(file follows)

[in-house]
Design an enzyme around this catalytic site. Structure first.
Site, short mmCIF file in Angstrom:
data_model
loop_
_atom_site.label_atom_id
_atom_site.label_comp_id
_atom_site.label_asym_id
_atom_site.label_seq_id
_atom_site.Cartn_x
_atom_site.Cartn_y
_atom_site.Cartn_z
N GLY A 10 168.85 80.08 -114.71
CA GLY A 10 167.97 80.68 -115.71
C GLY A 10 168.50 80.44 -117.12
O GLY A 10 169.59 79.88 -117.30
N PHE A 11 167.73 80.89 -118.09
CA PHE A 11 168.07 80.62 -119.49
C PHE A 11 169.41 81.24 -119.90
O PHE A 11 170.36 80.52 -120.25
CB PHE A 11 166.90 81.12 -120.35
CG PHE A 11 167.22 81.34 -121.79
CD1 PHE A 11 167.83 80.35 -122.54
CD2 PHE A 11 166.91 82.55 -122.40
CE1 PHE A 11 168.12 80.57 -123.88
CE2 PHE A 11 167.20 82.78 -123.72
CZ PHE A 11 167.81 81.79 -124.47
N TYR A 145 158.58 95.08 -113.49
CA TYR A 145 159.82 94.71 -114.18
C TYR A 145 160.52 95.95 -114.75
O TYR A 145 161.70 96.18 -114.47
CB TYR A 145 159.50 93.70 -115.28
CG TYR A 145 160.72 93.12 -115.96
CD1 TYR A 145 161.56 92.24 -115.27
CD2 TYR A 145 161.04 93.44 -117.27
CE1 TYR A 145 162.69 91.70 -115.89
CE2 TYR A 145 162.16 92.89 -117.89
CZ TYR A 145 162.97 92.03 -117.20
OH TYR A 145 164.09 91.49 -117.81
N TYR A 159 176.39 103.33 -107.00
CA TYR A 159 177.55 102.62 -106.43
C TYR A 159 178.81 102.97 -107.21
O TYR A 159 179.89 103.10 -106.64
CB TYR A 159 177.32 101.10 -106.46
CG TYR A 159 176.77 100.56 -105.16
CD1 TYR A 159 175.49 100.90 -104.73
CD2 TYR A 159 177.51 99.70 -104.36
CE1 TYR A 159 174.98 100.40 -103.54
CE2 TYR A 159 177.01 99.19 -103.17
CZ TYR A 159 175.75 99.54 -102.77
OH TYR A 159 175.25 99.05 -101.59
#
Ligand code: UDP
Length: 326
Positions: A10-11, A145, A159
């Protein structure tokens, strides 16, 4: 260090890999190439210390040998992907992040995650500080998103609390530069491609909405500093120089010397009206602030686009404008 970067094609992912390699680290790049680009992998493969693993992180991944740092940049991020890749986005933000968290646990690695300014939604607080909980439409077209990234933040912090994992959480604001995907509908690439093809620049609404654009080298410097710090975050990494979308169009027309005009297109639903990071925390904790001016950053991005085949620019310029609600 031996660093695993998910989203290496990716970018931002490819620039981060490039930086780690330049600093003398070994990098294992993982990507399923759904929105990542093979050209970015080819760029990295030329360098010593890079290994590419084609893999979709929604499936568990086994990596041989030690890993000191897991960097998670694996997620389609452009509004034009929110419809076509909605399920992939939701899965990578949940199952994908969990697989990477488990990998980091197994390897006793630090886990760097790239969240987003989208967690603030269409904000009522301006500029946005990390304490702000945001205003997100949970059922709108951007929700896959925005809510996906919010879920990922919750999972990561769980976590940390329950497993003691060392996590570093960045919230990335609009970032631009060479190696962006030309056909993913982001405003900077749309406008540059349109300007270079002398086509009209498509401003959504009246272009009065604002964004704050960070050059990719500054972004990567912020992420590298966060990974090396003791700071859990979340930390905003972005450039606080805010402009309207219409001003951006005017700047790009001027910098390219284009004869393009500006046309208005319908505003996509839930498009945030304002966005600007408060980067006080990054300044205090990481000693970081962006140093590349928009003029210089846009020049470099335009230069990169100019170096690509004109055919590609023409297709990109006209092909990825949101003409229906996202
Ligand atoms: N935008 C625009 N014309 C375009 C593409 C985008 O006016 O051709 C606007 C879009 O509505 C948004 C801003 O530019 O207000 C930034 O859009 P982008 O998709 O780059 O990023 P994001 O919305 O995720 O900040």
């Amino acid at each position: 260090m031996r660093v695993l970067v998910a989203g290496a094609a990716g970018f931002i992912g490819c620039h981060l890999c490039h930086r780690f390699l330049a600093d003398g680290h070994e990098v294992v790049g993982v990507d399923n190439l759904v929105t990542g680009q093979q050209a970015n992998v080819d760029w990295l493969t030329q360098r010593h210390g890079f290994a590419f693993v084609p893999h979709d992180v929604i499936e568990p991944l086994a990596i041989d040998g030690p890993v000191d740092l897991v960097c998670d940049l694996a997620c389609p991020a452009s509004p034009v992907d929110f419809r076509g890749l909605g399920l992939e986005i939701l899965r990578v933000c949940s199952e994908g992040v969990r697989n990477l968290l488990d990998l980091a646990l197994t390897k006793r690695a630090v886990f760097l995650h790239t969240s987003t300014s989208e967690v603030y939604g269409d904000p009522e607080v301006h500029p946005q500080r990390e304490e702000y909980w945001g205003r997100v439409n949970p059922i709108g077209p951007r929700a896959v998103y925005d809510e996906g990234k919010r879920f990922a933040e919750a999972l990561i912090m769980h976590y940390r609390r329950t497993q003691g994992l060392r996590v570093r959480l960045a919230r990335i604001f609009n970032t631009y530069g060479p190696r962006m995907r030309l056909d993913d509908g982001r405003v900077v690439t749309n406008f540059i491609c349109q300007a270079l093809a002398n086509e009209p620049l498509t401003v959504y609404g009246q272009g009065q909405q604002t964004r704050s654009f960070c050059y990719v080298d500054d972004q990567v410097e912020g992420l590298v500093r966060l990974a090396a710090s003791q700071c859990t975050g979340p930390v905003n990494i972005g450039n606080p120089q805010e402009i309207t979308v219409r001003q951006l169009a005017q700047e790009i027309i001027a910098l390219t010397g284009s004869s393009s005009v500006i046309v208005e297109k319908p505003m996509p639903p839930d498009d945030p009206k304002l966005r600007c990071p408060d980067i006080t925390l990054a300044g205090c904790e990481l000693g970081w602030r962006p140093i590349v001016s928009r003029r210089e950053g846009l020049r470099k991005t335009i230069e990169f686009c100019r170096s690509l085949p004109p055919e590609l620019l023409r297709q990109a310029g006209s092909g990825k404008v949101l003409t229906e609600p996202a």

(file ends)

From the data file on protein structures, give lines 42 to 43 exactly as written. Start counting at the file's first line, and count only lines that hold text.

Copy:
C TYR A 159 178.81 102.97 -107.21
O TYR A 159 179.89 103.10 -106.64